Syphilis is widespread in Africa and Asia, and less prevalent in developed nations. It is easily treatable and early treatment can decrease the risk of contracting other STDs including HIV. First signs of the disease can be seen up to 6 weeks after contact, and because the symptoms of Syphilis are very similar to those of many other ailments, it is important to visit your doctor or STD clinic if you suspect you may have contracted the disease.
Symptoms (Men and women)
During this first stage of the disease, a painless sore or 'Chancre', usually on one's genitals or site of contact with an infected person may appear. Swollen lymph nodes may also be present near the site of infection.
This stage usually begins between 2 and 8 weeks after the appearance of the chancre. Sometimes the secondary stage begins when the chancre is still visible. Skin rash usually affecting the palms of hands and bottoms of feet, fever, sore throat, swollen lymph nodes, hair loss, weight loss, and fatigue are all possible symptoms of Syphilis in its secondary stage.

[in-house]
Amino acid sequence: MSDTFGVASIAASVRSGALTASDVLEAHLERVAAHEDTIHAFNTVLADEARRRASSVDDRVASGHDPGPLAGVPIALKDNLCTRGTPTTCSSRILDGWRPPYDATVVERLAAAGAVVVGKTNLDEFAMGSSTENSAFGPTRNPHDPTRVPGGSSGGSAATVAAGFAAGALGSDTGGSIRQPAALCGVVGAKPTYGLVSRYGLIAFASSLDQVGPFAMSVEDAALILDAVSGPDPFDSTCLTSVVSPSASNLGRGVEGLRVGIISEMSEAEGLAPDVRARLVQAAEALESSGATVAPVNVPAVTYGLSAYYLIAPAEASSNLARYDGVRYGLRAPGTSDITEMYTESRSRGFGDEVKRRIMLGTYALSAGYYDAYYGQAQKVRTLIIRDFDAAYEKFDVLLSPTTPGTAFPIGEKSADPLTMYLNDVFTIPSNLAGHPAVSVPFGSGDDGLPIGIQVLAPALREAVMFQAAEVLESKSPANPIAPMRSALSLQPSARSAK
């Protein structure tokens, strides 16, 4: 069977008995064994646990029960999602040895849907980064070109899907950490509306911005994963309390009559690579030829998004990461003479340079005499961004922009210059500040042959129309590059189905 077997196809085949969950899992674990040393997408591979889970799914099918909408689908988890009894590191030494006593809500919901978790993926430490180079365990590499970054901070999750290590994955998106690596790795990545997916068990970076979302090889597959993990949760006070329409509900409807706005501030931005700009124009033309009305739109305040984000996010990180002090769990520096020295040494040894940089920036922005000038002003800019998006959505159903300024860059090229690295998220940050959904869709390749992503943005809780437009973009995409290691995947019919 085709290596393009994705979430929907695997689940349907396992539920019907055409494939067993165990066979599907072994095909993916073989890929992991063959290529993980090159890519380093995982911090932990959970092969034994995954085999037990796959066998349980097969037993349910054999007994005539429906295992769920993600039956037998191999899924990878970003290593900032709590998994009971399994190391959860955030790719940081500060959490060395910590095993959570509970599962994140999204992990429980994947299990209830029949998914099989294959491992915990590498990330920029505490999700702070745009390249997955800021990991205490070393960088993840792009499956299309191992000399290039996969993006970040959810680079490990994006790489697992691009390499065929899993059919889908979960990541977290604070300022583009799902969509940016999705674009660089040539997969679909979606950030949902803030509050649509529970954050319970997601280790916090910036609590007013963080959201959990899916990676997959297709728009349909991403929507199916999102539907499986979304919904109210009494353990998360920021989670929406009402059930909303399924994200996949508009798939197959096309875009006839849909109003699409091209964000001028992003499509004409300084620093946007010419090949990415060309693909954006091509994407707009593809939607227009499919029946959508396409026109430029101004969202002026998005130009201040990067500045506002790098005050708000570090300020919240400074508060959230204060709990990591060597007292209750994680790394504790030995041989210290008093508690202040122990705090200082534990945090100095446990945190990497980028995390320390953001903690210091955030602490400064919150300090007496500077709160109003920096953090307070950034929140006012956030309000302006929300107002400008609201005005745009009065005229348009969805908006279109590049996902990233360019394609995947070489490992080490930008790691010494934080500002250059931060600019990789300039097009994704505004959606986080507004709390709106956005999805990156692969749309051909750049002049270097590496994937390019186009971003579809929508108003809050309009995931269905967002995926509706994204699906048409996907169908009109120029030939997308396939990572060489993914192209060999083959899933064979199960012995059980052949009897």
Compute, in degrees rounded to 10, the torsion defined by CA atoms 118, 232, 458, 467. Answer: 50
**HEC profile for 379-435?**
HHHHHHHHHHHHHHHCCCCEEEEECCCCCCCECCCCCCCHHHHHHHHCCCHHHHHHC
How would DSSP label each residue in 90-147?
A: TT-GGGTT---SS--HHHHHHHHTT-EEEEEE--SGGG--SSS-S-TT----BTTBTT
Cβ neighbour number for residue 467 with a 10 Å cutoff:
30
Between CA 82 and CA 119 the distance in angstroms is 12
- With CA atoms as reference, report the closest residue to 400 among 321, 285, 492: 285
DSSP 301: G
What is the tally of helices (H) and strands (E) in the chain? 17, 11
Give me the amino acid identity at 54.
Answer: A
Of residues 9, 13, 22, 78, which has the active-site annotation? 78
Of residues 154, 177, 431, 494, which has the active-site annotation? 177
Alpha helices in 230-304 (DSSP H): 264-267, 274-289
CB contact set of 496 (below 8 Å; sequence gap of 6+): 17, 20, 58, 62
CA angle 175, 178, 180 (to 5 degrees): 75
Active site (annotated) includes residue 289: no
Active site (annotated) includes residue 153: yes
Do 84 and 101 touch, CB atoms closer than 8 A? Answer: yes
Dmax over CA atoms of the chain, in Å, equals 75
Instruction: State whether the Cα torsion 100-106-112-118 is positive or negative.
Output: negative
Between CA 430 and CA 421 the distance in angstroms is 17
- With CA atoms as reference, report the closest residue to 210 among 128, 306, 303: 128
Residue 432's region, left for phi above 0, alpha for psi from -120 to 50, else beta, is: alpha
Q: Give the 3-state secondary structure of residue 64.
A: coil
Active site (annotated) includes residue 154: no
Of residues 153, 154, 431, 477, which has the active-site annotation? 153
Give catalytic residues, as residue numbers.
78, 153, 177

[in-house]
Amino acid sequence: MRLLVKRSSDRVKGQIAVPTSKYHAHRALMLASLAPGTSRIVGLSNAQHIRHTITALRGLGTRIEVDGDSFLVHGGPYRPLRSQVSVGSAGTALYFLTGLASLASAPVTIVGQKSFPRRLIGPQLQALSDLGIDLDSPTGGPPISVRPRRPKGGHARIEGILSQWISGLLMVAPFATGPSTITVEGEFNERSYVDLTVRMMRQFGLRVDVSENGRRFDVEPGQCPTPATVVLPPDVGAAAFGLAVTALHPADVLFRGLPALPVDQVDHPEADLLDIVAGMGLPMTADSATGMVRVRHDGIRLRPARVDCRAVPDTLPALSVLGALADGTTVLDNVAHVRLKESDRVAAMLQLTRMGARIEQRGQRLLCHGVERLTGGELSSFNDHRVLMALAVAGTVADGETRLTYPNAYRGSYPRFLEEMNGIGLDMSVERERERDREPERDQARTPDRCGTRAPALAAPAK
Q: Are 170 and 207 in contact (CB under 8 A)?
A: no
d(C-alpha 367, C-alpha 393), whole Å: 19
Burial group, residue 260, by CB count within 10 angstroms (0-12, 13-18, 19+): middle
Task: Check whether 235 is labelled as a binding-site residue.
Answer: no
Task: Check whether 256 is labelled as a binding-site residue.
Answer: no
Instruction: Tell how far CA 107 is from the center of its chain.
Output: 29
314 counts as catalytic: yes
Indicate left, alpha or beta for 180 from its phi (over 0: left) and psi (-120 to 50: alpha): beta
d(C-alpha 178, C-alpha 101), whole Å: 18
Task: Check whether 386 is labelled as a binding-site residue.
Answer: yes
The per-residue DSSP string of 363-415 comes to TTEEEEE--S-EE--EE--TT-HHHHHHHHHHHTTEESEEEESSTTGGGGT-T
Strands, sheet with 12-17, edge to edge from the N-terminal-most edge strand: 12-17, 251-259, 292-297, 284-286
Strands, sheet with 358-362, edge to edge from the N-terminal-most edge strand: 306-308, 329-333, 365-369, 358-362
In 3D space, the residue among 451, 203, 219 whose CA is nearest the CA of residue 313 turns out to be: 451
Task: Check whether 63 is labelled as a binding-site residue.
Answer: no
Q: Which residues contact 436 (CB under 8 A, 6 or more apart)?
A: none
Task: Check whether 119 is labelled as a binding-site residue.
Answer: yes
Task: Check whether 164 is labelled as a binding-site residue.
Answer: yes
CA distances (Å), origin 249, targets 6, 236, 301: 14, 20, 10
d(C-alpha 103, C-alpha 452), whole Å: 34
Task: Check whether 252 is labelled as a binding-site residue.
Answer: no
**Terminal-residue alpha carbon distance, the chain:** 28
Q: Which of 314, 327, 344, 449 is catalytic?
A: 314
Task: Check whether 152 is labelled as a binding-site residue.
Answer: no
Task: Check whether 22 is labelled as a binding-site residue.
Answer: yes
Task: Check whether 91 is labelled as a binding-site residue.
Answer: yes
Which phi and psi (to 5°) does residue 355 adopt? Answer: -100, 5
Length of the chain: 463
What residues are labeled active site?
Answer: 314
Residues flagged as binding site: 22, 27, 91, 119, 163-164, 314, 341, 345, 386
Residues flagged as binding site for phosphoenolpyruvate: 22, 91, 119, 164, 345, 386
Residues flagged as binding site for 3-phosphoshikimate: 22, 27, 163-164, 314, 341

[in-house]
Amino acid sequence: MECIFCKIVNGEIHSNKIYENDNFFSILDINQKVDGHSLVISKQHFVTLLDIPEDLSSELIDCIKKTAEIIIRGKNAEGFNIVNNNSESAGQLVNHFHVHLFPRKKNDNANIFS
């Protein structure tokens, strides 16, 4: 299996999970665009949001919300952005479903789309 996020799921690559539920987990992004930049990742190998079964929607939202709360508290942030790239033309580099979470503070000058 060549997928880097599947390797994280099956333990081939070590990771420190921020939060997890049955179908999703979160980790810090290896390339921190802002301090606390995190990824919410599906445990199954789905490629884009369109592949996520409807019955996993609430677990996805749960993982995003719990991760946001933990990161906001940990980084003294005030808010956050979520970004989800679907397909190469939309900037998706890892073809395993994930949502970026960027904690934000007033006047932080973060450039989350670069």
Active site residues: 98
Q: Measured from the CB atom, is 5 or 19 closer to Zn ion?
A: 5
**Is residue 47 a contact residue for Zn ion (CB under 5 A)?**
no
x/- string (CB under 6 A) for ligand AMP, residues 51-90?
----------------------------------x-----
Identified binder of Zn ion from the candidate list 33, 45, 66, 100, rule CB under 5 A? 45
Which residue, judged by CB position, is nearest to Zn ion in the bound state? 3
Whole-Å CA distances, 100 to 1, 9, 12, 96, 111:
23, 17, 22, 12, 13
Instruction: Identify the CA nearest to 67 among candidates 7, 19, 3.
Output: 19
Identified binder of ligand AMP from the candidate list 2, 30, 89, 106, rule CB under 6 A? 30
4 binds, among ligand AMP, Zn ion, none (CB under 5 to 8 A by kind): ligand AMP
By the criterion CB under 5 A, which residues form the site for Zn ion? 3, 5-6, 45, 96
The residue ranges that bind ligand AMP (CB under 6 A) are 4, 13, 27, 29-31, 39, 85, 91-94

Paralysis, mental deterioration, gradual blindness, and damage to major organs characterise the tertiary stage of Syphilis. It's important to note that regular STD check-ups and if necessary, early treatment of this STD will prevent Syphilis from progressing to this stage.
Syphilis is an STD (sexually transmitted disease) and therefore vaginal, anal, and oral sex, or direct contact with a sore which may be in the genital area, anus or mouth can fuel its transmission. The disease can also be passed from mother to fetus, increasing the risk of stillbirth or death of the baby shortly after birth.
A simple blood test will detect this STD.
An antibiotic injection is effective treatment of Syphilis.